The Minox DCM 5.0 digital eyepiece is a unique device in a market flooded with brand only digiscoping equipment. This digital camera/eyepiece which runs about $150 online comes in multiple SKUs that match up with sixteen current spotting scopes. I had the privilege to try it for about an hour with a premium spotter in the field just behind our offices. The time was mid-day and in the city… with eighteen wheelers and delivery trucks very close by so it was not the ideal time nor place to attempt to be Ansel Adams as John James Audubon.
There’s a lot of potential in this product. Like anything else I’m sure that with more experience you’ll get better results. My limited time did show me the pro’s and cons of the camera. The pros are that it is relatively inexpensive to acquire, easy to set and operate, and produces decent results; even on the first try. I photographed some common birds on the top of a power pole 92 yards away (distance verified with a very high end rangefinder). I used the default settings and used it straight out of the box. I’d imagine that shooting later in the day and tweaking the white balance would give me better pictures but I didn’t have time to dive that deeply into it. Here is what I found…maxing out the zoom at noon on a windy day isn’t going to win you digiscoper of the year. If you back off the zoom to the lowest setting which is probably 20x…you’ll get a good picture and with experience and patience probably some to frame. Also, you could probably get closer to you subject than 100 yards and that would yield better results as well. Interestingly enough, the device comes with a remote control in lieu of a cable shutter release. A remote shutter is essential because the manual two second time delay and mother nature isn’t going to work most of the time. Also pressing the button manually will give you blurry pictures. On top of that, high magnification will always magnify vibration; even your finger daintily pressing a shutter can blur a pic. There was still a lag with the remote but not too bad. One thing that was nice with the remote was that it only has three buttons and can switch from pictures to soundless video instantly. You can even toggle between two set zooms during the video taping. You can step zoom while in the camera mode. If you had this thing pointed at a bird feeder in you back yard 50 feet away you’d get some awesome shots and video. When you put an SD card in there be sure to shoot away and play the numbers. Eventually a beauty will happen. The images are 5 Mega Pixel so that’s printable even at a larger scale.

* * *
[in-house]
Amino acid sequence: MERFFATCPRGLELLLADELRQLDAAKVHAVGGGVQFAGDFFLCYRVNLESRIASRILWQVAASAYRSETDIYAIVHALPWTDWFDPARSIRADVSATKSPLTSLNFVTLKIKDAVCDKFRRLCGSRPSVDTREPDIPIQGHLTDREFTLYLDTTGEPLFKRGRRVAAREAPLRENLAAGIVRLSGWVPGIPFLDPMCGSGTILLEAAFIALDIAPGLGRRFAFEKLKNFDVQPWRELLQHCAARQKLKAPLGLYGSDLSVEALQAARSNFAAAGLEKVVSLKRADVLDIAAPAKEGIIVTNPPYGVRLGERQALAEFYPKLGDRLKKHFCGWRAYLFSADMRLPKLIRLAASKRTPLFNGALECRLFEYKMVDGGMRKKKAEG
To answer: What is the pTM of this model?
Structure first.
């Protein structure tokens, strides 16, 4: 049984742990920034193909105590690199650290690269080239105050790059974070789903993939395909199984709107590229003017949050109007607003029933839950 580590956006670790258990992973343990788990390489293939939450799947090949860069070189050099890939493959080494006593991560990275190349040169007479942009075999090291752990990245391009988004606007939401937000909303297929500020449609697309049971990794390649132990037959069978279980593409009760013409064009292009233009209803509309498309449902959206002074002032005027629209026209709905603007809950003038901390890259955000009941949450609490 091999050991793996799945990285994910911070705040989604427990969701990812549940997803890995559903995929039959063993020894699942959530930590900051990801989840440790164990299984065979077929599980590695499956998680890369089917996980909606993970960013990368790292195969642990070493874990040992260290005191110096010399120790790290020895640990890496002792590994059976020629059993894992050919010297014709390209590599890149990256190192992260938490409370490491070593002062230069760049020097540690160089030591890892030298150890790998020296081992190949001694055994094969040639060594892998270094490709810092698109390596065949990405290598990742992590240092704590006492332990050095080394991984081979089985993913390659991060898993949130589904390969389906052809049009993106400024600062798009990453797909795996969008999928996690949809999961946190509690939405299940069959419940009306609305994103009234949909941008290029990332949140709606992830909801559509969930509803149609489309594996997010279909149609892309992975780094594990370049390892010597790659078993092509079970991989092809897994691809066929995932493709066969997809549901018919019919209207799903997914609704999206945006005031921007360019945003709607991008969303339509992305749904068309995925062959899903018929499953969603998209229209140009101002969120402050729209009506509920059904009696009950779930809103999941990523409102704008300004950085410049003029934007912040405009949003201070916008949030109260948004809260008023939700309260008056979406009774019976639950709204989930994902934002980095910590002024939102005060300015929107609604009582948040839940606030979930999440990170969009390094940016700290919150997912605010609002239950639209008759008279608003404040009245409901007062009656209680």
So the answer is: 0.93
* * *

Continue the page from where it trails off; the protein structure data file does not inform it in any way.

As much as I like the product there are some disappointments. One thing that bugged me was that it was hard to get on target and know I was spot on with the focus because I was seeing my own reflection in the display window. Some of this might be corrected by changing the time of day, type of sunlight and maybe using a straight spotting scope. Actually I wouldn’t recommend changing the spotting scope to a straight unless you are never going to look higher than the horizon; that’s just spotting scope 101 knowledge. I guess the way around it would be to march out there like an old timer with a black cloth and put it over the eyepiece and your head, That would probably fix a lot of issues; if you don’t mind being a little different around the other birders and consider yourself a slave to your artform. Another thing that bothered me was that it kept shutting off to save the battery every 60 seconds so I had to shoot the empty pole every 40-50 seconds just to keep it on. After the session I stumbled across the ability to turn that feature off. It would have been handy to know that earlier and saved me the aggravation of turning it back on when a bird showed up because I forgot to take a dummy shot and keep it on, so if you buy this thing be sure to find the battery saver feature and turn it off. The last thing I didn’t like, and this kind of applies to the battery save feature I just mentioned, but the instructions for this thing are at a Dick and Jane kind of level with no hard specifics as to things like where to plug in the USB cable; I had to call them for that information. I’m not kidding. There was a knob underneath but it didn’t want to come off nor seem like the logical place to plug in a cable and the last thing I wanted to do was remove a sealed knob and see a circuit board and wires.
All in all I’d give this device a four out of five based on performance to cost. If you are just starting off with digiscoping around the backyard and at the local state park…it is awesome. Really…it’s about time somebody put this out. You’ll have fun with it and have fun shots for your hobby and even a winner every now and then. However, if your planning a once in a lifetime trip to Argentina…maybe you should look at what your scope manufacturer has that matches your $1500 camera. That’s the scoop on the Minox Digital Camera Module 5.0.